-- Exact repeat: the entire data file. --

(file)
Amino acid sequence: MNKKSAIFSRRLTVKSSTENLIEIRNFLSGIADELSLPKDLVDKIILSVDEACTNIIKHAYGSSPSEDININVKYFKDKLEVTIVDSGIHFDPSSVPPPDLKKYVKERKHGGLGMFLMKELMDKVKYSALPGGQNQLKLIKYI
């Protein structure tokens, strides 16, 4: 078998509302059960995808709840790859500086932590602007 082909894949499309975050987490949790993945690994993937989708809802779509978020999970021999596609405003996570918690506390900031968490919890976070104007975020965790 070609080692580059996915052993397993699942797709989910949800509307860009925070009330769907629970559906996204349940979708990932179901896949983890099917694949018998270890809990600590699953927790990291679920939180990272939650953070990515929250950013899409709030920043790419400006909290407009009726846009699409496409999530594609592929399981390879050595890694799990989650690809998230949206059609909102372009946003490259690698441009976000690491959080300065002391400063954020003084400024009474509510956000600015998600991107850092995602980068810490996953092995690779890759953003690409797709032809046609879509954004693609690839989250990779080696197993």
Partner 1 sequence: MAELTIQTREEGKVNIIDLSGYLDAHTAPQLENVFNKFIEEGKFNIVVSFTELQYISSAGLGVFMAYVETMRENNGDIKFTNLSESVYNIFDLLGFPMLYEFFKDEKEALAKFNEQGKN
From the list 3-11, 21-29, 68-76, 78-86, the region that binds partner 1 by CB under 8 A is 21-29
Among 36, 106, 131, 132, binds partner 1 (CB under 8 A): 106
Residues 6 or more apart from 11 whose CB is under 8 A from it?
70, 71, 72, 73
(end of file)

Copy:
Amino acid sequence: MNKKSAIFSRRLTVKSSTENLIEIRNFLSGIADELSLPKDLVDKIILSVDEACTNIIKHAYGSSPSEDININVKYFKDKLEVTIVDSGIHFDPSSVPPPDLKKYVKERKHGGLGMFLMKELMDKVKYSALPGGQNQLKLIKYI
């Protein structure tokens, strides 16, 4: 078998509302059960995808709840790859500086932590602007 082909894949499309975050987490949790993945690994993937989708809802779509978020999970021999596609405003996570918690506390900031968490919890976070104007975020965790 070609080692580059996915052993397993699942797709989910949800509307860009925070009330769907629970559906996204349940979708990932179901896949983890099917694949018998270890809990600590699953927790990291679920939180990272939650953070990515929250950013899409709030920043790419400006909290407009009726846009699409496409999530594609592929399981390879050595890694799990989650690809998230949206059609909102372009946003490259690698441009976000690491959080300065002391400063954020003084400024009474509510956000600015998600991107850092995602980068810490996953092995690779890759953003690409797709032809046609879509954004693609690839989250990779080696197993």
Partner 1 sequence: MAELTIQTREEGKVNIIDLSGYLDAHTAPQLENVFNKFIEEGKFNIVVSFTELQYISSAGLGVFMAYVETMRENNGDIKFTNLSESVYNIFDLLGFPMLYEFFKDEKEALAKFNEQGKN
From the list 3-11, 21-29, 68-76, 78-86, the region that binds partner 1 by CB under 8 A is 21-29
Among 36, 106, 131, 132, binds partner 1 (CB under 8 A): 106
Residues 6 or more apart from 11 whose CB is under 8 A from it?
70, 71, 72, 73